RO, RO, ROBO BOATS
Yep, robot swarms are now taking over swimming pools.
Mark Yim and his students at the University of
Pennsylvania are trying to get this big fleet of small robotic
boats to cooperate to form all sorts of useful structures. By
coupling together, a large enough swarm would be capable of
forming bridges, runways, or even islands. UPenn has over 100
of them — each one of which is controlled with a Gumstix,
and uses four separate motors to enable omnidirectional
movement and zero-radius turns. According to a recent Daily
“The objective was to get the boats to form a bridge
across a corner of the pool and drive a car across the bridge.
The week before, the boats successfully configured themselves
into an island for one of Engineering professor Vijay Kumar’s
quadrotor drones to land on."
Now, that’s cool!
What DARPA would like to see happen is to (eventually) scale this system up to boats the size of
shipping containers, since shipping containers are cheap, everywhere, and easy to transport and manage.
You could fill a container ship with these modules and dump them all into the water near a disaster
zone, tell them you need a runway, and they'd all zip around and form a nice big flat stabilized platform
for you. When you're done — or need something else — the modules would unhook themselves and
either reconfigure into something different or queue up to get collected and moved on to the next
place they're needed.
Oh, and by the way, they named all the boats after period table elements.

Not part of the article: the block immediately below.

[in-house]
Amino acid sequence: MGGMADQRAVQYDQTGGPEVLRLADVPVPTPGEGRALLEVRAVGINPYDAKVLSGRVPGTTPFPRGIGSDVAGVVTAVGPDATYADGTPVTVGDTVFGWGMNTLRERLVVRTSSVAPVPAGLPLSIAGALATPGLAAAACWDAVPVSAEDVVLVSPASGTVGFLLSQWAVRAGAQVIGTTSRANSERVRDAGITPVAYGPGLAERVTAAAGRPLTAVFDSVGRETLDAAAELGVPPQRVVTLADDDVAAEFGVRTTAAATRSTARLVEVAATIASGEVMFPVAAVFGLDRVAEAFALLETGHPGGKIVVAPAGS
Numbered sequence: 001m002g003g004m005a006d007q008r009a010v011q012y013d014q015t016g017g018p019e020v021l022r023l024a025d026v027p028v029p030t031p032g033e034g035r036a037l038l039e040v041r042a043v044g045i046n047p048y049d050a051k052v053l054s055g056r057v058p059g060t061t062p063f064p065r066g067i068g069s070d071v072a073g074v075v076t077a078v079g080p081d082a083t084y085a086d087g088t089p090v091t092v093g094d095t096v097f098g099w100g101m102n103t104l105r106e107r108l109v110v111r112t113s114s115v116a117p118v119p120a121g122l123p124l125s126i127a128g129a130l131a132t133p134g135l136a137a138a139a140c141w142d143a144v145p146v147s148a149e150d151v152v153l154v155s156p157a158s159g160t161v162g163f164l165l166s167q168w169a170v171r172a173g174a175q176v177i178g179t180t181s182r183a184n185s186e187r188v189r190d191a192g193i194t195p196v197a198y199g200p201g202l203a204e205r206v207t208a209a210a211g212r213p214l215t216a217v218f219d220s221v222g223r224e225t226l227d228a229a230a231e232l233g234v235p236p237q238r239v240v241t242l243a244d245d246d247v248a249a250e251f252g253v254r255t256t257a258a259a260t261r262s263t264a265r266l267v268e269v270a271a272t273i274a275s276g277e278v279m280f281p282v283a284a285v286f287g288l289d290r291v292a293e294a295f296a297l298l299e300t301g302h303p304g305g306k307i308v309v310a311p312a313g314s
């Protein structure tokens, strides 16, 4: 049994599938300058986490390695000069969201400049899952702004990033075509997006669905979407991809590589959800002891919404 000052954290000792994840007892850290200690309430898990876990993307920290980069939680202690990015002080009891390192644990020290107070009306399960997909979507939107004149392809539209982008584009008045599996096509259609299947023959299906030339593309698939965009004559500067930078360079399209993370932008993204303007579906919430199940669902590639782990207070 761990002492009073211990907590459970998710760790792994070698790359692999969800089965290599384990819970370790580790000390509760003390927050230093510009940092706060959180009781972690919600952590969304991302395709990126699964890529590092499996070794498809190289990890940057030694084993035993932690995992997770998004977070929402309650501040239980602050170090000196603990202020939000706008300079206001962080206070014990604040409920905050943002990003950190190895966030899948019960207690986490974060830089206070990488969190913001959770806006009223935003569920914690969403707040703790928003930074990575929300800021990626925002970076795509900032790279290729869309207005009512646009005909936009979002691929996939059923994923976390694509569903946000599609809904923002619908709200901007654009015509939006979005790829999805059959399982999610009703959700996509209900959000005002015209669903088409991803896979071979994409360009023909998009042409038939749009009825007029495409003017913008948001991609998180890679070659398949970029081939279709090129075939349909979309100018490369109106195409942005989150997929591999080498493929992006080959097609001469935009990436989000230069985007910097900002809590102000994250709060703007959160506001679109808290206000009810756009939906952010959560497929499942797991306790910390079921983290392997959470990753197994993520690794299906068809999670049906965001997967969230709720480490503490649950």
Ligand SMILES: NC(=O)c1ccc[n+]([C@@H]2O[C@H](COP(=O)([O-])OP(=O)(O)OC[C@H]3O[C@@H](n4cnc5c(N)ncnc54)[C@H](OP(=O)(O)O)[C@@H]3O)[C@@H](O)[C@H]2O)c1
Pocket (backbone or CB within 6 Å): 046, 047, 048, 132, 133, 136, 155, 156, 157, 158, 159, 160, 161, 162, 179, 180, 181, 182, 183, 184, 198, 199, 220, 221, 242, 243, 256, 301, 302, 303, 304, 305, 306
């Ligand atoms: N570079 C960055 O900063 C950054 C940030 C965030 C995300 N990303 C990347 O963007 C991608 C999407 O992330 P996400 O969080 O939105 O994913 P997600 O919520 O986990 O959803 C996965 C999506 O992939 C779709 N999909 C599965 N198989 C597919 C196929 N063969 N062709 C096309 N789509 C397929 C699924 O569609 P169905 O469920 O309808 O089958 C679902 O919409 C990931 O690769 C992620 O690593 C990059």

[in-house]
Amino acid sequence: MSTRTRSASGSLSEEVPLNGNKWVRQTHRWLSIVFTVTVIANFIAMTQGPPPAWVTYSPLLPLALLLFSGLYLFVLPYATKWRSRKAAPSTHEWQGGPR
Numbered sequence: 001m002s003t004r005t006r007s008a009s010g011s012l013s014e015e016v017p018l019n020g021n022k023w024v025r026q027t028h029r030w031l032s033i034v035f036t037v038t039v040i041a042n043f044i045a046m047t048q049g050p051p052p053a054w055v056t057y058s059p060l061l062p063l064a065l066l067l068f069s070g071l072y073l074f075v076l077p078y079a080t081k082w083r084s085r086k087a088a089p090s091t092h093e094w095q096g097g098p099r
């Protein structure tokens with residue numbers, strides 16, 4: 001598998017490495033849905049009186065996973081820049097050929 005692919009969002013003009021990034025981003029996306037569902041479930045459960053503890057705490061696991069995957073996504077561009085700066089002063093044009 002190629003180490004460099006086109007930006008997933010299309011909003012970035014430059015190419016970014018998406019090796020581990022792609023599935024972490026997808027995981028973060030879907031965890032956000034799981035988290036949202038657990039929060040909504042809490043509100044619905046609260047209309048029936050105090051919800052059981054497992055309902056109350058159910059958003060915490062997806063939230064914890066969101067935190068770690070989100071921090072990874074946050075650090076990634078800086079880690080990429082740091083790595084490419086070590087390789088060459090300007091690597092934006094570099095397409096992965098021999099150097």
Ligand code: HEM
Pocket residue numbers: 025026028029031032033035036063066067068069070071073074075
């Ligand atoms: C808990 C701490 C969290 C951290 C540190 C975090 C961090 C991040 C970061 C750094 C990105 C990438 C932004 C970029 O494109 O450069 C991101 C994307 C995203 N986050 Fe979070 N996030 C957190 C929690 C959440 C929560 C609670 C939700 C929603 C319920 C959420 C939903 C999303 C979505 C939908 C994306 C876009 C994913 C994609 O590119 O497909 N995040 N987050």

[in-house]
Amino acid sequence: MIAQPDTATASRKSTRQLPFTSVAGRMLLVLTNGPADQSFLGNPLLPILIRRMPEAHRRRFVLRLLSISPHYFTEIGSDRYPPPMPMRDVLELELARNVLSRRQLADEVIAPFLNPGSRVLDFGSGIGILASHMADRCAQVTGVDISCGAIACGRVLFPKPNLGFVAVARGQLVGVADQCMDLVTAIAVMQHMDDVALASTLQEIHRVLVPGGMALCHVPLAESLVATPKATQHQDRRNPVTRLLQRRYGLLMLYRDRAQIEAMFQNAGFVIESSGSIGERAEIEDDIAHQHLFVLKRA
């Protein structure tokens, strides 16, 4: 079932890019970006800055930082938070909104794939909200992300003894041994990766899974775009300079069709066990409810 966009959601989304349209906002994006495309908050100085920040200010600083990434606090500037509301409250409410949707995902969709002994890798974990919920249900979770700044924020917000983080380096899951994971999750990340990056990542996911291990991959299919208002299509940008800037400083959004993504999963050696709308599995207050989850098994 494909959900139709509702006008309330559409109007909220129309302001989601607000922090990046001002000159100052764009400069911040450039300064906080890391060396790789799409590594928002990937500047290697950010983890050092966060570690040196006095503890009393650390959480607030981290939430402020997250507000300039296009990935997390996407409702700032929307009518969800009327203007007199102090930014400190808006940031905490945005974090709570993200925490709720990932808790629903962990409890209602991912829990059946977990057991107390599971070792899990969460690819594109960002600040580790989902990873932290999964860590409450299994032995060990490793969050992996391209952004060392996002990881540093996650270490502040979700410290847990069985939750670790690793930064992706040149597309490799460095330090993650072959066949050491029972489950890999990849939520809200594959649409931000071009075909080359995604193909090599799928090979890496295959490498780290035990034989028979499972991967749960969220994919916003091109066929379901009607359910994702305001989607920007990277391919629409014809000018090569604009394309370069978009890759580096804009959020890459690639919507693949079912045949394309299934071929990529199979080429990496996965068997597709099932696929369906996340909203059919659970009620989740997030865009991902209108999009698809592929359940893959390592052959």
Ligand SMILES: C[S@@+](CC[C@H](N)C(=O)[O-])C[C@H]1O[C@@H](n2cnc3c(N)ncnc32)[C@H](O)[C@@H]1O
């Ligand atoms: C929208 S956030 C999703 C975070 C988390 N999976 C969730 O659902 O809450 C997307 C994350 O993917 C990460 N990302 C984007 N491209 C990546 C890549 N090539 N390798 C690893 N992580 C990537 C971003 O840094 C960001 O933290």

BIRD’S EYE VIEW
Scientists and filmmakers love to deploy robots in
disguise to spy on real animals. They've sent drones to
film herds of elephants and zebras in Africa, armored
mobile robots to photograph Kenyan lions, and have
used animatronic apes to get close-up footage of
bonobos. Recently, the BBC sent 50 special cameras —
including robot penguins that can walk and swim — to
get inside penguin colonies and capture never-seen
footage of the adorable flat-footed, tuxedo-clad birds
in their natural habitats.
For their documentary "Penguins: Spy in the
Huddle," the BBC hired John Downer Productions to
build a variety of special penguin-cams to film three
different species. These spycams were not just the
typical remote controlled cameras hidden in a fancy case. One of them — the
RockhopperCam — is a walking penguin bot with 20 degrees of freedom that is
equipped with gyroscopes, accelerometers, and high-def cameras. According to
the producers, it can walk over different terrain, stand up if it falls over, and its
computer is preprogrammed with 75 different "penguin motions." Other
spycams included the EmperorCam, ChickCam, SnowCam, EggCam, Underwater
PenguinCam, and the SnowballCam.
22 SERVO 04.2013